It’s time to develop the creative materials that represent your clothing line: things like your brand name, logo, graphics and illustrations, product photography, and color palette.
Doing all the branding and design work can seem intimidating. If you don’t have any design skills or the budget to hire a professional developer, there are plenty of free, beginner-friendly resources to help you keep things affordable.
Check out Shopify’s tools page to see what’s on offer, like their:

Just to name a few!
Check out this logo I made in 30 seconds for a made-up company called RedThreads.

You can also find an affordable graphic design freelancer on marketplaces like Fiverr, 99designs, DesignCrowd, or Upwork.
7. Choose a Price Point for Your Items
To choose an appropriate price, you’ll need to have a good understanding of how much it costs you to manufacture the items, also called the cost of goods sold (COGS). COGS includes things like the cost of materials, labor, and production.
You’ll also want to consider the overhead for running your clothing line, like how much you pay in rent for your warehouse, shipping costs, and payroll for your employees.

Once you know how much it costs to run the business, you can choose a price that covers those costs as well as makes you some profit after all the bills are paid.
One common pricing method is called the keystone markup, where you simply double the price. So if it costs you $10 to manufacture a blouse, you might sell it in your store for $20. Or, you can sell to wholesalers for $20 and sell in your online store for $40.
However you decide to price, make sure you’re also considering how much your target audience will be willing to pay. It might take some experimentation to find the perfect price point.
Check out this article on pricing strategy for more tips.
8. Begin the Marketing Process
Marketing is a critical part of learning how to run a clothing business online. After all, nobody will buy from your store if they don’t know it exists, right?
Ideally, you should start setting up your marketing before your clothing store even launches. That way, you’re ready to hit the ground running.
You start setting up Facebook Ads, which is a popular advertising method for clothing companies to build their customer base. Facebook has incredible targeting capabilities that help you reach the right people.
If you’re tight on ad budget, you can start with organic social media marketing strategies, which focus on creating excellent content that engages and entices people to follow and shop with you. 

Influencer marketing is a great idea for a low budget: offer free items in exchange for shoutouts from social media users with a strong follower base within your target audience. Here’s Instagram influencer @gonolivier posting to promote a new denim line from clothing company boohooMAN.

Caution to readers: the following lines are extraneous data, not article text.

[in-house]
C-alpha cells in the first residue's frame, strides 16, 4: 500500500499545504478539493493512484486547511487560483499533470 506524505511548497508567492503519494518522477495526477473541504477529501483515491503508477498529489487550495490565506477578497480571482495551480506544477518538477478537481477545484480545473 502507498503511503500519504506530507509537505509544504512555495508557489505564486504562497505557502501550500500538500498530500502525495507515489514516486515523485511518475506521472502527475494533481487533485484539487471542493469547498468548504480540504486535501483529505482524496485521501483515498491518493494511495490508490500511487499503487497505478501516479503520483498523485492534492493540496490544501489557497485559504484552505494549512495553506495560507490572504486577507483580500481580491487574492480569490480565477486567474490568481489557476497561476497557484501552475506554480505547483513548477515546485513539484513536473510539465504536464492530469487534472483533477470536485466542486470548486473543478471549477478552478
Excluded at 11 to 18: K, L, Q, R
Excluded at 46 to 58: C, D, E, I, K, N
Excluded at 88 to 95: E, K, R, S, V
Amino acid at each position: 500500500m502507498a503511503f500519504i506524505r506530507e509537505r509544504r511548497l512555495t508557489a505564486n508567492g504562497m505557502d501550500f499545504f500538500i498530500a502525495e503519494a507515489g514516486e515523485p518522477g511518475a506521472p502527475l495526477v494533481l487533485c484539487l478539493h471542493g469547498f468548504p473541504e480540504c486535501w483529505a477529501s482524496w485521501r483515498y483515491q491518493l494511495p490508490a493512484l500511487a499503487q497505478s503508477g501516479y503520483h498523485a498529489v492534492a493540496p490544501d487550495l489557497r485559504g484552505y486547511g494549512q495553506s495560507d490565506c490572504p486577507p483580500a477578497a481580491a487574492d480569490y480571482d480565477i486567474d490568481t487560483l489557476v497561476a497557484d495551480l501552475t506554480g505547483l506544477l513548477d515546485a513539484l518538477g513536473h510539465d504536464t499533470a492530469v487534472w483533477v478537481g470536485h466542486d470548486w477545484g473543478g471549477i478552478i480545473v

You can also host a giveaway to build your email list before your store goes live, then use email marketing to build stronger relationships with them after the launch.
Check out our marketing hub to learn all about building awareness for your brand and getting customers.
9. Set Realistic Sales and Distribution Goals
You know that old saying, “Rome wasn’t built in a day.” Same goes for anyone mastering the art of how to start a clothing business.
In the early stages of your company, you’ll have a lot to learn. A lot of trial and error. A lot of testing and tweaking and testing again.
Make sure you’re going easy on yourself by setting realistic goals. It’s not realistic to say you’ll make a million dollars your first year (though it is possible!).
A more realistic goal might be to grow your revenue by 20% every quarter for the first year you’re in business. This kind of growth-oriented goal helps to make sure you’re not choosing arbitrary financial figures that just aren’t attainable.
The same goes for distribution if you’re figuring out how to start a fashion line that’s sold in other stores. Start with the goal of finding a few strong distribution partners your first year, then incremental growth from there.
10. Start a Soft Launch, Then Look for More Investment and Partnerships
Now that you’ve set up a presence and built up some anticipation, you can launch your masterpiece into the world.
This is when you can pull the trigger on all the marketing campaigns you’ve been working on. Keep working and building on them – just like everything else on the journey of how to start a clothing company online, you’ll need to keep experimenting and building as you go.
And this is when you can turn your sights to growing on the business side by seeking out more investment dollars and partnerships with other companies.
Try pitching your clothing line to retailers who are already selling products to your target audience. Depending on the size of the company, you may need to reach out to multiple people before you can secure a meeting. Keep at it!
The same goes for finding investment partners. Polish up your business plan to present to them – be sure you’ve nailed down specifics, like how much money you’re asking for and where those dollars will be spent within your business. 
And of course, make sure you’re offering a juicy incentive for them to choose you. Will they get partial ownership of your company, or a certain percentage of your revenue once you successfully grow?
Clothing Business Store Examples
Let’s look at a few great Shopify clothing stores for inspiration.
Khara Kapas means “pure cotton” in Hindi. The company boasts handcrafted clothing made from pure and homegrown Indian fabrics. It does an excellent job of showcasing this in their product photography, creating a natural, down-to-Earth feeling that instantly appeals to their audience.

Pour Moi is a UK online clothing store for lingerie, swimwear, nightwear, and more. They’ve created a sleek and sexy brand that appeals to stylish women who want to look and feel good.

The Candi Factory is owned and operated by Candice Levine, who makes all products from start to finish in Toronto, Canada. The brand has a lot of personality and it’s showcased beautifully on the company’s website. Candice is a perfect example of an entrepreneur who learned how to start selling clothes online and absolutely nailed it.

Should You Start a Clothing Business? Yep.
By now, you should have a solid idea of what it takes to learn how to start a clothing business online.
The most important thing to keep in mind is that you won’t be a millionaire overnight. You’ll need to constantly try new things, keep track of your progress, and tweak what isn’t working.